Tuesday, October 22, 2013
The Polity Conference, the Tecumseh Administrative Commission Report & a sign
The Presbyterian News Service reports that on October 14-16 during the annual Polity Conference, Stated Clerk Gradye Parsons preached about Ahaz and his refusal of a sign from the prophet Isaiah. He spoke of a sign needed by those in leadership in the Presbyterian Church (U.S.A.) and concluded that the sign, unlike the apostle John's dream of the new Jerusalem, was that God was not done. There are still budgets, committee meetings and sermons that need attention.
Connected to the news posting are links for the Polity Conference schedule and various workshops and handouts for the workshops. One of the workshops was entitled “Workshop A4 - Dismissing Congregations to a Reformed Denomination - A Panel Discussion” It was led by Laurie Griffith, Manager of Judicial Process and Social Witness of the Office of the General Assembly. One of the handouts was The Tecumseh Administrative Commission Report from the Maumee Valley Presbytery.
The report is written by those who participated in an AC which oversaw the dismissal of the First Presbyterian Church of Tecumseh, Michigan. The outcome of that process was that the larger body of First Presbyterian was required to leave without the church property. While there are always problems and sin on all sides in such disputes, I found the report troubling and wondered why this particular report was used for such a workshop. The implications are many, and for that reason I have written an e-mail to Ms. Griffith asking her why the paper was used, and will report on her answer if I receive one.
In the mean time I have several thoughts about the AC report. First, the report and the actions of the AC reminded me very much of the actions of the AC that was at first put over Fremont Presbyterian Church in Sacramento. However the actions of the AC in Sacramento were challenged by several wise and faithful teaching elders. The actions of the Sacramento Presbytery changed and the outcome of that change was that Fremont entered the Evangelical Presbyterian Church with their property and with a tiny group of PCUSA members nested as a church on their campus.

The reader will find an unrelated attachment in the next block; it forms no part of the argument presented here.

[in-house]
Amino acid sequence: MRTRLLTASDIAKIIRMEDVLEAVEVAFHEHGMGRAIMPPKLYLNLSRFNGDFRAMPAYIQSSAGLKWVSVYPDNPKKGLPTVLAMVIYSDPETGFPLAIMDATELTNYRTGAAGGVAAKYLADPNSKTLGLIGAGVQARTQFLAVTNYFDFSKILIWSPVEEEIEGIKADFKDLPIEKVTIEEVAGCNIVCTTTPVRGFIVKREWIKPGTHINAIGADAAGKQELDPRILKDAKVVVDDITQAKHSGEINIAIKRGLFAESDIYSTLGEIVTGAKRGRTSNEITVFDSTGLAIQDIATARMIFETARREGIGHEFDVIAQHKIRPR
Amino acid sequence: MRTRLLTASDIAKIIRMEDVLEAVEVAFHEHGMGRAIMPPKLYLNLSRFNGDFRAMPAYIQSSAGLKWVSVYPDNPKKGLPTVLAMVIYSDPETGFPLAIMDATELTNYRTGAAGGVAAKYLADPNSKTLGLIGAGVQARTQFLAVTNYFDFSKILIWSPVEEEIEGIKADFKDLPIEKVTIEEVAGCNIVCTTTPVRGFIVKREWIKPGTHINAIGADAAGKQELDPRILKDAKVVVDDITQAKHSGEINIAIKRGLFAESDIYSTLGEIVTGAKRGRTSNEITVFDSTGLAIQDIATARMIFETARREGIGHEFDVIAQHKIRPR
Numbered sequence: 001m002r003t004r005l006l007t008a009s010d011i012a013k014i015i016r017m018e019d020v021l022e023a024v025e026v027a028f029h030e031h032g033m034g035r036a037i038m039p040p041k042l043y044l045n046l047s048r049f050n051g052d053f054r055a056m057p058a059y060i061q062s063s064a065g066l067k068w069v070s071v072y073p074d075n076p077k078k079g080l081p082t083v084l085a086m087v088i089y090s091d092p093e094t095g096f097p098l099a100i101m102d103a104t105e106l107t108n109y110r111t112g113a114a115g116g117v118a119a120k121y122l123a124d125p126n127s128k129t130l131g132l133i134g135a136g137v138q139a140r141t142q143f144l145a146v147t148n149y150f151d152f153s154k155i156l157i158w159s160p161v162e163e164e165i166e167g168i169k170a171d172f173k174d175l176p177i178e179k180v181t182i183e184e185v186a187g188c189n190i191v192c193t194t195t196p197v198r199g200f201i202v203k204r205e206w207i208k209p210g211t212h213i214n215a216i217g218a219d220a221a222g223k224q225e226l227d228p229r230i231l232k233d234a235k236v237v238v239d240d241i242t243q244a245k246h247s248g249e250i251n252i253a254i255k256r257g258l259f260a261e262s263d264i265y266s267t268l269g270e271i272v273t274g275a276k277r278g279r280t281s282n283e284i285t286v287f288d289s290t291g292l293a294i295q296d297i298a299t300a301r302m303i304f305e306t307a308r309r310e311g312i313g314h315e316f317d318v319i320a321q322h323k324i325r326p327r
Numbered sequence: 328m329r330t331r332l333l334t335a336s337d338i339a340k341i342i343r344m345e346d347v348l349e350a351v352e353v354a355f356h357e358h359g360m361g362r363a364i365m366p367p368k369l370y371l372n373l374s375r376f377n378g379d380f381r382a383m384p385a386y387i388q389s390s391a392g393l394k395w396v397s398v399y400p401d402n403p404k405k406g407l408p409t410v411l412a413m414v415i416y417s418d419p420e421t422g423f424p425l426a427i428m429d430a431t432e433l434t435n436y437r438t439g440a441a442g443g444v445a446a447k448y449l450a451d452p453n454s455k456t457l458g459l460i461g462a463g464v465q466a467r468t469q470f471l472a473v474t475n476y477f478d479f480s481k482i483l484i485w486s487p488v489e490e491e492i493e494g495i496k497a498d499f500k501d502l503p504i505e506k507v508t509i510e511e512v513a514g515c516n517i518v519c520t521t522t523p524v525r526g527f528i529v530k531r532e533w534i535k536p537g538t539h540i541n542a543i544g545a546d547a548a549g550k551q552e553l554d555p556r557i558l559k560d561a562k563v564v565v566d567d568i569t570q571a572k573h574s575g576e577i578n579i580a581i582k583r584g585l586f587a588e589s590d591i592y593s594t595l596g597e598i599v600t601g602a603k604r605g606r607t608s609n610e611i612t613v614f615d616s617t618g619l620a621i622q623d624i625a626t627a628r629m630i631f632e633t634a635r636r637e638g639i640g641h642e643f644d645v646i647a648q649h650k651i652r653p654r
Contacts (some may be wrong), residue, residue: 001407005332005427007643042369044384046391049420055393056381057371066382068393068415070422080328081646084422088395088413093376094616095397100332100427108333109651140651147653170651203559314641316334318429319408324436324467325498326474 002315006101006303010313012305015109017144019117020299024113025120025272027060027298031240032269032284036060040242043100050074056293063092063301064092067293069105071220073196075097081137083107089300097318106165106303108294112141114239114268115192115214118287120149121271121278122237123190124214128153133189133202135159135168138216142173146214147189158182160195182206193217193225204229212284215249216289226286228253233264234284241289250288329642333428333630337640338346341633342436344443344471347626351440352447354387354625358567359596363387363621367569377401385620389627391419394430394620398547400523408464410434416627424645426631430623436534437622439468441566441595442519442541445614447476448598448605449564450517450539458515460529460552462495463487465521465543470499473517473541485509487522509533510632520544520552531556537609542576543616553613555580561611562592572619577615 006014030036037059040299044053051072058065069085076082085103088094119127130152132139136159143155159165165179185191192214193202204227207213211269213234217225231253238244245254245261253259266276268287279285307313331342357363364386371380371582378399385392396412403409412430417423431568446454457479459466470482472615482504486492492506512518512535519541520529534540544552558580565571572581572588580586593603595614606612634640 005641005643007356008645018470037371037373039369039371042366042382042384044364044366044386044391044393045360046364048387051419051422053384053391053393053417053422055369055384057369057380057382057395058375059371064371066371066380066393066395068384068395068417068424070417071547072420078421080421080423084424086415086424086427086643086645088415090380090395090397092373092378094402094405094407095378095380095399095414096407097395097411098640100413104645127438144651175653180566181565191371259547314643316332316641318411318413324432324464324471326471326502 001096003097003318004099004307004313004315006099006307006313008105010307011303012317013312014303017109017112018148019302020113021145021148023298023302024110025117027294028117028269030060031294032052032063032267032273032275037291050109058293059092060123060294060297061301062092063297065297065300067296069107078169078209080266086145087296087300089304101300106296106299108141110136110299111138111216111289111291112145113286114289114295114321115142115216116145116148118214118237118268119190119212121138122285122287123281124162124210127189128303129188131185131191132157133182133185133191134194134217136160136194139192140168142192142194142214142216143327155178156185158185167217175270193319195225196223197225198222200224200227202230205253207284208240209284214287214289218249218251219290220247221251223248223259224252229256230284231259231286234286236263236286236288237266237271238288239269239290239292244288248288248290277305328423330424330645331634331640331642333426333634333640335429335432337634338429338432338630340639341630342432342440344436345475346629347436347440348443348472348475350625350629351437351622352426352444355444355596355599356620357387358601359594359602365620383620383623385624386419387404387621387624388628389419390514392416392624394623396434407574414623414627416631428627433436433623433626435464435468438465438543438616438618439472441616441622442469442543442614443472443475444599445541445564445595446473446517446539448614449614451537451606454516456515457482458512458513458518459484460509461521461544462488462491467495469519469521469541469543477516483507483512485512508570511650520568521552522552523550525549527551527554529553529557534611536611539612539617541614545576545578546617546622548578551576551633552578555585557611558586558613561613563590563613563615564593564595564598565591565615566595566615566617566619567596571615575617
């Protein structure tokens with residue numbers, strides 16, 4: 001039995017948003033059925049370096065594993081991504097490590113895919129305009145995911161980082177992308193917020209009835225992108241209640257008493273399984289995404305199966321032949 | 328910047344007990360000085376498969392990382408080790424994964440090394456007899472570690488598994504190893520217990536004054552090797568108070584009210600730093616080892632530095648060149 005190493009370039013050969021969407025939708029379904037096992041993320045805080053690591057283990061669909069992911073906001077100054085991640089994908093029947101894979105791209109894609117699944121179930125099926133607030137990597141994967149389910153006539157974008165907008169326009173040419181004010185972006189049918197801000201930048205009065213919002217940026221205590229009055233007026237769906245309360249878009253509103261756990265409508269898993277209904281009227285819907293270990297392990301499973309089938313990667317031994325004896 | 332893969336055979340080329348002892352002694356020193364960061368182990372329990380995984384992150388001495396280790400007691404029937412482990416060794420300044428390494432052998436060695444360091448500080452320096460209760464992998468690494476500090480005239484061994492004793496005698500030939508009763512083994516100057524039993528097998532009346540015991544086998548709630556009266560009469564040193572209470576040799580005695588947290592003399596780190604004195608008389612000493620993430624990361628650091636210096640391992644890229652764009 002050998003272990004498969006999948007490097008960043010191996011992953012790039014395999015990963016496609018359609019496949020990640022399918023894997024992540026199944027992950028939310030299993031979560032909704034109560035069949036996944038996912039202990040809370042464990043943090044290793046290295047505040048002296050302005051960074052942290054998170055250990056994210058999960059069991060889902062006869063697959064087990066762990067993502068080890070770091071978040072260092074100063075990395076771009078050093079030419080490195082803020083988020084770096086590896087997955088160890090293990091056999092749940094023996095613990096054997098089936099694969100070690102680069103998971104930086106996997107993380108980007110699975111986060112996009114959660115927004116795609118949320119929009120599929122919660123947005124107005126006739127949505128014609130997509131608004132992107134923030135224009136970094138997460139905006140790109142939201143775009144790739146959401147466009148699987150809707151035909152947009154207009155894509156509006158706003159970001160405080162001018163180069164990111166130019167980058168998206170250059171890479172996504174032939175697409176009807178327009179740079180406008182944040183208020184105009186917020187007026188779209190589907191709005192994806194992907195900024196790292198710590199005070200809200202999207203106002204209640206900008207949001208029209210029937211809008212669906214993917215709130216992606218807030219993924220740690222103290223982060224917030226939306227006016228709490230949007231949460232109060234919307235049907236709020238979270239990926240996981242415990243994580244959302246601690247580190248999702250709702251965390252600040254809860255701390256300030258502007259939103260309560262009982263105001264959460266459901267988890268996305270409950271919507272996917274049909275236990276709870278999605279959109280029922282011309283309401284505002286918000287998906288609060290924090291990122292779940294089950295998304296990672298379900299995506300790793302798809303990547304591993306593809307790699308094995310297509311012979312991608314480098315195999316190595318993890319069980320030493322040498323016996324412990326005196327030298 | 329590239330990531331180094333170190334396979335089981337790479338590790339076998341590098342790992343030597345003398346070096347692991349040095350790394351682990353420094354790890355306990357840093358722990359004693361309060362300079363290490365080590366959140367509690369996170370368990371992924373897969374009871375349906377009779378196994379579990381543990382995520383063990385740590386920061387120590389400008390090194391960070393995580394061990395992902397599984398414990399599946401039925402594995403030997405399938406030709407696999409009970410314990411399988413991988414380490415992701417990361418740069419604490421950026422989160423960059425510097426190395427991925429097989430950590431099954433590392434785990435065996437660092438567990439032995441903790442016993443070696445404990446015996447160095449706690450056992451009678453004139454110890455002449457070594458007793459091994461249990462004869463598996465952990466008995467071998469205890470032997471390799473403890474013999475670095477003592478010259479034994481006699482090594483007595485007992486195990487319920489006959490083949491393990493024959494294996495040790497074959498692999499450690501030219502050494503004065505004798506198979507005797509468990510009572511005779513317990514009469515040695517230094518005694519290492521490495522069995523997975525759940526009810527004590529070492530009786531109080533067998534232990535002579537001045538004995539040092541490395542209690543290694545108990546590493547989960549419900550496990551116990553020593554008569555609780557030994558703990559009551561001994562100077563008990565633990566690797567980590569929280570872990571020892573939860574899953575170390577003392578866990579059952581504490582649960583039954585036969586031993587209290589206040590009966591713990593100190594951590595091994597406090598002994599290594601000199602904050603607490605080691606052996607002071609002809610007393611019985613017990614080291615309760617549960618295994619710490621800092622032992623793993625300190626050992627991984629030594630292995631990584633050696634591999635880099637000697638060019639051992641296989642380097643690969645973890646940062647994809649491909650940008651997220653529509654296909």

So here are several items that were brought up but not answered in the report. The presbytery required that at least 50% of the congregation should be present to vote. Since that did not happen they resolved to find out why. Yet, no answer is given about why in the report.
The vote was 150 to leave, 31 to stay. But nowhere in the report does it say how many did stay and whether they were original members or newly recruited members.
And there is a discussion about values. The AC report states that they had supposed that both sides held the same values. “Our core values assumed common convictions among all parties involved in the negotiations. Simply stated, we assumed that we all believed in the same one Lord, one faith, one baptism.” But earlier they state “There were groups that, in retrospect, we know were operating out of different core values,” and they do not explain what the different values were, which would seem to me to be extremely important.
The AC members evidently believed they had failed in some sense because they were unable to reconcile the two groups in their beliefs—but the reader is left without any understanding of who believed what. And yet they believed they did have some success, writing, “We were successful in the sense that there are two healing congregations with different ethos, core values and make up in the Tecumseh area located a few blocks from each other.” But because there was no reconciliation this was called schism which would of course place a burden on the body that wished to leave the PCUSA.
The conclusion was: